By SARA GRACE C. FOJAS
Portrait by PINGGOT ZULUETA
Her childhood in Camarines Norte sparked Helena Alegre’s interest in the gifts of nature. Little did she know back then that her animal playmates—the beetles and the butterflies—would find immortality in the jewelry she was, as it turned out, destined to create.
“My childhood memories inspired me to make Coleopteras (beetle/salagubang), Anisoptera/Odonata (dragonfly/ tutubi), Lepidoptera (butterfly/paru-paro), and arachnids as my subjects. I loved to run all over the school field to catch beetles. I would always get hit by an aratiles branch because instead of napping in the afternoon I’d be out catching dragonflies. Another fun memory is whenever I would get my ears pulled because I was caught playing with spiders in matchboxes, making them fight on a stick,” recalls Helena.
She started collecting antique beads and crystals in 1999, and turning them into string beads and chandelier earrings. In 2003, she had the desire to upgrade her material and skills. She moved back to Daet, Camarines Norte in 2005 and met key people connected to the jewelry industry. From there, she was able to take jewelry making workshops and seminars through the Department of Trade and Industry (DTI). She also had one-on-one tutorials for her craft.
From beads and chandelier earrings, Helena’s works transformed into sculptural jewelry based on the animals that she used to play with. The result was an elegant, exotic piece that would make the person wearing it stand out in a crowd.
“I titled each piece with its corresponding scientific name, order, genus, subfamily, and sometimes its phylum. All my works are under the Kingdom Animalia and Kingdom Plantae. I also have a series on Kingdom Protoctista. I draw each piece using pen, ink, and watercolor before making them into sculptural jewelry,” she says. “There are five basic elements in visual artworks—line, shape, color, texture, and space. This is where I derive my contextual ideas in making sculptural jewelry. These five elements need to be present because they build an ocular perception on your artwork. These linear features can be seen in my artworks. P o s i t i v e a n d negative space is also present to create a balanced composition. In Taoism, there are five elements too— earth, water, air, fire, and metal. These are also seen and used in my sculptural jewelry.”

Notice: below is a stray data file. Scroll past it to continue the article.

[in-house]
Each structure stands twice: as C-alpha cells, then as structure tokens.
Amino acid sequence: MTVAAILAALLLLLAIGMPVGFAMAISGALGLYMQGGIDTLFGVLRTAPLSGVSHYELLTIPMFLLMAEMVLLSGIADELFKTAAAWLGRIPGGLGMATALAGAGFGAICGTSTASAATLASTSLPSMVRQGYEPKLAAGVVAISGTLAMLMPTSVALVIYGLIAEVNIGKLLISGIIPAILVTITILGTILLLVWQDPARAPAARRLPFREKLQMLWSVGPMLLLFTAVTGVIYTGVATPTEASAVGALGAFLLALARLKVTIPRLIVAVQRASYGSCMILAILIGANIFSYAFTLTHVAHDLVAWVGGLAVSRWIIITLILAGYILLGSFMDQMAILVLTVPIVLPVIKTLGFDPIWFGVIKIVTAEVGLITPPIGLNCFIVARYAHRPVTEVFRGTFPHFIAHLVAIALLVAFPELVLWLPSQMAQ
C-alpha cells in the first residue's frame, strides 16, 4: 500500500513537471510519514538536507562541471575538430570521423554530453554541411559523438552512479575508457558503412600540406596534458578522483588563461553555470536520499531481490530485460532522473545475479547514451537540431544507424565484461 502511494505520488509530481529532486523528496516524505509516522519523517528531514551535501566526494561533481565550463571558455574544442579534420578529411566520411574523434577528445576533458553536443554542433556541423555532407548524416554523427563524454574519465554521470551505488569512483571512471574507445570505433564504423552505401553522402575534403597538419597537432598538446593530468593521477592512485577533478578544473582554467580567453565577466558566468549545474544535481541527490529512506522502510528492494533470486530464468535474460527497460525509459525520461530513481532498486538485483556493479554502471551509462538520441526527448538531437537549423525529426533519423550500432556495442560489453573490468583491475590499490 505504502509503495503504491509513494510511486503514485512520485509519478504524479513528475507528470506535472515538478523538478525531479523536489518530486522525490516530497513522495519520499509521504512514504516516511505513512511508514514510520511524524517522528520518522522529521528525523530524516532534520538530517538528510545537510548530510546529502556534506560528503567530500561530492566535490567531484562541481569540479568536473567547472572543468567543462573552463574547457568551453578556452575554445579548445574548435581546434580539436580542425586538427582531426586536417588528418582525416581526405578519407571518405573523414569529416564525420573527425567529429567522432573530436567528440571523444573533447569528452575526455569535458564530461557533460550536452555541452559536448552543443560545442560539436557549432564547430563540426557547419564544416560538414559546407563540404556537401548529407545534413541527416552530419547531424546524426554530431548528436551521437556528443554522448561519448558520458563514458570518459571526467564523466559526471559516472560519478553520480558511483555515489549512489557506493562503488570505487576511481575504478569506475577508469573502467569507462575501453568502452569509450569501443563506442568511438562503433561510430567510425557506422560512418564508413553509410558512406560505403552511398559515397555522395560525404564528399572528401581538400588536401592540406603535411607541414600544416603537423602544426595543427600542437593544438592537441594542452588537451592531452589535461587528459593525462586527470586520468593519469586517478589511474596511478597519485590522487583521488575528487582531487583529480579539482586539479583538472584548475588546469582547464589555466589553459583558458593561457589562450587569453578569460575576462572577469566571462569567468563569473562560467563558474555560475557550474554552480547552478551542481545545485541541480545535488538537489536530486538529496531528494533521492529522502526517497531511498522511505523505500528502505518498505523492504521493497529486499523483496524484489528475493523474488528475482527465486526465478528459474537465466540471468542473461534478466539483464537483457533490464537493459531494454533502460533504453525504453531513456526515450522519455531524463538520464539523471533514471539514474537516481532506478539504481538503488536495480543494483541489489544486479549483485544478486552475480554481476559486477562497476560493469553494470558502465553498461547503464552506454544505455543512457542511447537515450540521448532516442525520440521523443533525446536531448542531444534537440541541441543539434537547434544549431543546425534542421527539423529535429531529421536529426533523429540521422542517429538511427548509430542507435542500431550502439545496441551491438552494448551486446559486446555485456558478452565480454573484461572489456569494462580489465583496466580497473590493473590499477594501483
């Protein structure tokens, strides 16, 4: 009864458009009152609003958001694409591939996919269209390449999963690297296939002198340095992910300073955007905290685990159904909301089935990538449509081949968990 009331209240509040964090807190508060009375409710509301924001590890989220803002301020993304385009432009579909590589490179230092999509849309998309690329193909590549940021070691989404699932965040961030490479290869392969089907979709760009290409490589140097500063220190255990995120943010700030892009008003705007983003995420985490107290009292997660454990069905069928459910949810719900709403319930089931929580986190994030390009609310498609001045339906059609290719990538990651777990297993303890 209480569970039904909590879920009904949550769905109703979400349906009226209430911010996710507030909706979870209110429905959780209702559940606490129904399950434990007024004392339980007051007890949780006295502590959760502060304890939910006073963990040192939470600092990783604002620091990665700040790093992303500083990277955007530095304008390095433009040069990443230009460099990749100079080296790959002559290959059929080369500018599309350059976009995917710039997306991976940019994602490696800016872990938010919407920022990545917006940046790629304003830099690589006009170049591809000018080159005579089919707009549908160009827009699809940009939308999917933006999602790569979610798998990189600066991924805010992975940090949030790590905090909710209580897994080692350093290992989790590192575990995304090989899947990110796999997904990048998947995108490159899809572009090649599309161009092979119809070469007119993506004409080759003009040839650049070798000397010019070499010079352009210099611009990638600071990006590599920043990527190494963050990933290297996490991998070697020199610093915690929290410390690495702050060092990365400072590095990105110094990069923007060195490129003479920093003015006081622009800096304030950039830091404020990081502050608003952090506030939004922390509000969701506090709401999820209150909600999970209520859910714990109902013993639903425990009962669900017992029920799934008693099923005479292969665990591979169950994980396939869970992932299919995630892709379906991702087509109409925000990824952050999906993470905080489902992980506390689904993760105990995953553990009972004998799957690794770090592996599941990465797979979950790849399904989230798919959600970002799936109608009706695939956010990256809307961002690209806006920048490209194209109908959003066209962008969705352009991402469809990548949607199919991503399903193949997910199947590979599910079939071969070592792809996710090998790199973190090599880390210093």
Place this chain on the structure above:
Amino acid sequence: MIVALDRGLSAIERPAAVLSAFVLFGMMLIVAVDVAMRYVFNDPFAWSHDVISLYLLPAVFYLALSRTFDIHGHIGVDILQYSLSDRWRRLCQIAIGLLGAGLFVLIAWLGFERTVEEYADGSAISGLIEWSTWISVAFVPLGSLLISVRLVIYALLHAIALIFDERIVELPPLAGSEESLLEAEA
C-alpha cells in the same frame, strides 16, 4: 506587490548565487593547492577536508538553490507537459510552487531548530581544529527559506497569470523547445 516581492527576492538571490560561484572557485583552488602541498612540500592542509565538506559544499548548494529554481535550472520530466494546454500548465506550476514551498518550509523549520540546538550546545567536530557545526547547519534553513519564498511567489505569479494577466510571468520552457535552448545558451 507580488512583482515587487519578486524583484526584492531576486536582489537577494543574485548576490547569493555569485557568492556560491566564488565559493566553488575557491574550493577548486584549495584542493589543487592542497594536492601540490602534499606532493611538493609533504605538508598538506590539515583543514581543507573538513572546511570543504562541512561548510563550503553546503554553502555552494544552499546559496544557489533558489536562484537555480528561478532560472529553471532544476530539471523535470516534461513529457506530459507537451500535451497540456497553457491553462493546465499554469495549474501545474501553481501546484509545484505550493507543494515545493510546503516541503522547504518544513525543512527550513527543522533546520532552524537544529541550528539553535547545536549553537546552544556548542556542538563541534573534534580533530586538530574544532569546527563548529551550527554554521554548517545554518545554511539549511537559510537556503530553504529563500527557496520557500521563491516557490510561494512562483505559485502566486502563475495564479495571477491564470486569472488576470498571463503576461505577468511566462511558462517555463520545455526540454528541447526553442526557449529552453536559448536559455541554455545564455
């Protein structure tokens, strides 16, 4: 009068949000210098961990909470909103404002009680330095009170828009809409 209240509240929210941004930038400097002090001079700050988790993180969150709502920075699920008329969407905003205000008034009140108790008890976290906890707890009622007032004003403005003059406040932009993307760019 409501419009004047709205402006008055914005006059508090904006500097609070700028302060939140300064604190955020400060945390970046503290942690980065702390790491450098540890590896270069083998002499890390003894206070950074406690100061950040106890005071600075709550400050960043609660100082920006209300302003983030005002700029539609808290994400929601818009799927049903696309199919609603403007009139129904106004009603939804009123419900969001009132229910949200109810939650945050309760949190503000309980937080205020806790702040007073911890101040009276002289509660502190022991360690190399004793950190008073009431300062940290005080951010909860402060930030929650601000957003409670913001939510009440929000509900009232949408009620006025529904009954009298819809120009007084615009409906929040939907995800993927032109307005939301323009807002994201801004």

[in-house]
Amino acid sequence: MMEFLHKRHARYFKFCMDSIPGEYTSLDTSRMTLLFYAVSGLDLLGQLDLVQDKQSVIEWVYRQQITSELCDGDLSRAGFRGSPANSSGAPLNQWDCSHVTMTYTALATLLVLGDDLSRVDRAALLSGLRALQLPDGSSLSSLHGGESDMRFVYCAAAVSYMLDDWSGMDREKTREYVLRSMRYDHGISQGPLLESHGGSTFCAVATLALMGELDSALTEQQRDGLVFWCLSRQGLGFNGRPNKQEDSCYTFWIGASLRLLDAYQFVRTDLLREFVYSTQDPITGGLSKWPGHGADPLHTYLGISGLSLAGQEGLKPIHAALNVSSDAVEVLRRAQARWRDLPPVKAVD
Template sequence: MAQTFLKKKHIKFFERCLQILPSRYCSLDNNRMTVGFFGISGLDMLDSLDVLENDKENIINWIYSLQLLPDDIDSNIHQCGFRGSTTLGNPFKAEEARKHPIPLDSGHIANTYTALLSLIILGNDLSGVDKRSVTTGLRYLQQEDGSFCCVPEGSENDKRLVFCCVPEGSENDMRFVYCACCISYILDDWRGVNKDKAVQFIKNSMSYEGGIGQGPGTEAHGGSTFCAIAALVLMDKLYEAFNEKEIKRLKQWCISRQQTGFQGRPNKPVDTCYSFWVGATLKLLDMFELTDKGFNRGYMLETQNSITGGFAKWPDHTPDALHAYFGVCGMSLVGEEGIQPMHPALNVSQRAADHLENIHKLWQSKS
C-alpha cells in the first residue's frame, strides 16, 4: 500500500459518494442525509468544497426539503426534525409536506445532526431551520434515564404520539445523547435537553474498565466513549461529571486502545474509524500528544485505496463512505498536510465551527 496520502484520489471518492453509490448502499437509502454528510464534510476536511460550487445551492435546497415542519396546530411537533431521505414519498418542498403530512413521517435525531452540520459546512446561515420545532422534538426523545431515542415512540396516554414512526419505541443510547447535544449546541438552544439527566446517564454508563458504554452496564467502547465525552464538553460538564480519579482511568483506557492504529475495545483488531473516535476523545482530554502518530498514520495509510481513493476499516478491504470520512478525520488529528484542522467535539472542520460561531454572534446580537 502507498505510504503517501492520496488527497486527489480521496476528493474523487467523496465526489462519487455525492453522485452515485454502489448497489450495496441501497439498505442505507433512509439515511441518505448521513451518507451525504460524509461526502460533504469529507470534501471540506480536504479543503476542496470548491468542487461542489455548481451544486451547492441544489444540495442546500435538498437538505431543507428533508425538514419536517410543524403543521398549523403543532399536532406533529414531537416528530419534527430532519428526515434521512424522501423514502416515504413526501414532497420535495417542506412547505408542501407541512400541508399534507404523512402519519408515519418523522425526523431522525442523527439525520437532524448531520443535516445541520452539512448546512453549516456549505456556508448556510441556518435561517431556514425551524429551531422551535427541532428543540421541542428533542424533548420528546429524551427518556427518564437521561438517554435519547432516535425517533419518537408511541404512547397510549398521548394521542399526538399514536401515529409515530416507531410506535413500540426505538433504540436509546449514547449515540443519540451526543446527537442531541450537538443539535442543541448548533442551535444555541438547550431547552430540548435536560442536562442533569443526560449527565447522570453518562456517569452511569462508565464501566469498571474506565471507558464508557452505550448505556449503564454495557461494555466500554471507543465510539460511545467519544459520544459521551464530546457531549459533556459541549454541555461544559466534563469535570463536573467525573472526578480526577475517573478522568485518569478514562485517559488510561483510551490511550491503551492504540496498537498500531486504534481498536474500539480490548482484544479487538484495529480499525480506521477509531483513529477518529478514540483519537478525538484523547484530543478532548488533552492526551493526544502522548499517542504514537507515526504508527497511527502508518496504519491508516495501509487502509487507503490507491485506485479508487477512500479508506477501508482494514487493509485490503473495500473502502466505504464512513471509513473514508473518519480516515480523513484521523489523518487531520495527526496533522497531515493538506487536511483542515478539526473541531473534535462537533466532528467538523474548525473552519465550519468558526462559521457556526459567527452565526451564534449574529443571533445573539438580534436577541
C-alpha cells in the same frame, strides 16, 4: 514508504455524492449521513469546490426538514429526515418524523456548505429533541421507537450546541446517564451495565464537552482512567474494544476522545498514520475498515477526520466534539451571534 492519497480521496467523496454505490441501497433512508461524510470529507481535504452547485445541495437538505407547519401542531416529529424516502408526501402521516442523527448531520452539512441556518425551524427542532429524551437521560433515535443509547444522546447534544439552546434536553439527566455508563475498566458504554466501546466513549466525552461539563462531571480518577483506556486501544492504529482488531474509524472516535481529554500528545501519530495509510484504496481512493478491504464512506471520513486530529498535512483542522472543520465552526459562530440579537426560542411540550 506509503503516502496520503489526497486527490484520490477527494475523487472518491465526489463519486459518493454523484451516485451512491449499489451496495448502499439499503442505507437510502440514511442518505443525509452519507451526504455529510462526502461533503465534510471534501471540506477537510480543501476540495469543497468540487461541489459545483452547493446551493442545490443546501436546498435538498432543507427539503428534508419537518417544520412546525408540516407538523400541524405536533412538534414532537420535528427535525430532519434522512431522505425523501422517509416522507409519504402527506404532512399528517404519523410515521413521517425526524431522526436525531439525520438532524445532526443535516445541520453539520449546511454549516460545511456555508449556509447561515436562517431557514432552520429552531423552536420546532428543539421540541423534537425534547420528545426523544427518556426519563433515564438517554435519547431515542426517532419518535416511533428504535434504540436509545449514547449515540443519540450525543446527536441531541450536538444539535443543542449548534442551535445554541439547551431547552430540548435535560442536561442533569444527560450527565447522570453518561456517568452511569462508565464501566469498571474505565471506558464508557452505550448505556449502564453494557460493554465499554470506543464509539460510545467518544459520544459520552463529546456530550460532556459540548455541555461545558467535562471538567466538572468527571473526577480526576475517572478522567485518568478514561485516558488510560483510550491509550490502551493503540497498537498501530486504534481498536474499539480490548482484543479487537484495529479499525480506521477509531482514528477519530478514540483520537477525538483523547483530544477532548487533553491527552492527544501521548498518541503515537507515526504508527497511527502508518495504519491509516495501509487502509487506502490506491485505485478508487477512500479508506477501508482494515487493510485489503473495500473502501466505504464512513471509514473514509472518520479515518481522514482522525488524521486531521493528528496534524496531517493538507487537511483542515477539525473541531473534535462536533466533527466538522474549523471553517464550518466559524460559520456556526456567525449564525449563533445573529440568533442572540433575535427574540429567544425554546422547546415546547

Since her art is inspired by nature, Helena also incorporates social responsibility into it, creating awareness on the value of these creatures and their role in the balance of nature.
“I drew my inspiration from nature, science, art, music, history, culture, and now I am immersing social responsibility,” she says. “My critical thinking as an ‘artist-preneur,’ was awakened by the proper guidance of the DTI and other government agencies. They helped me think rationally not only for myself but what I could contribute and give back also to the community. The DTI also saw my determination and passion and helped me set up my very first jewelry workshop.”
Helena also shares that she wants to improve the jewelry industry in the Philippines. She is open to pass on the skills and knowledge she has acquired over many years of practice. “I want to inspire young people and do creative talks about jewelry art, cultural preservation, and sustainability/job opportunities among our community,” Helena says.
Her passion was further influenced by her artist/painter husband Hermes Alegre, who opened her eyes to the world of visual art. He inspired her to focus on what she really wanted and taught her the skills she needed for her craft.
“I am a very hyperactive person and my husband reprimanded me to focus on what I really want and what I am capable of,” says Helena. “He even told me that I should be good at doing freehand drawings as I was venturing into sculpting and jewelry making. Tiny Nuyda also serves [as] a big inspiration, and I fell in love with his vast collection of butterflies. I also meet a lot of entomologists and biologists, and I am a proud member of a Coleopterist society. I am a fan of the brilliant artist/ jeweler Celia Mulano, the father of Philippine avant-garde Ed Castrillo, and Gabby Barredo who encouraged me to create something bold and bespoke pieces.”
Helena’s gems are at the “Elements” exhibit at the Manila Hotel Art Gallery, along with works by artists Maria Magdamit, Marge Organo, Kankan Ramos, and Migs Villanueva.
“Every exhibit is different,” she says. “But ‘Elements’ is one of my favorites because it gave us freedom. Each female artist involved in it has a different specialization or discipline in the field of art. We individually visualize and interpret through various forms of objects that affect human interaction.”
“Elements” runs until Nov. 30 at The Manila Hotel Art Gallery.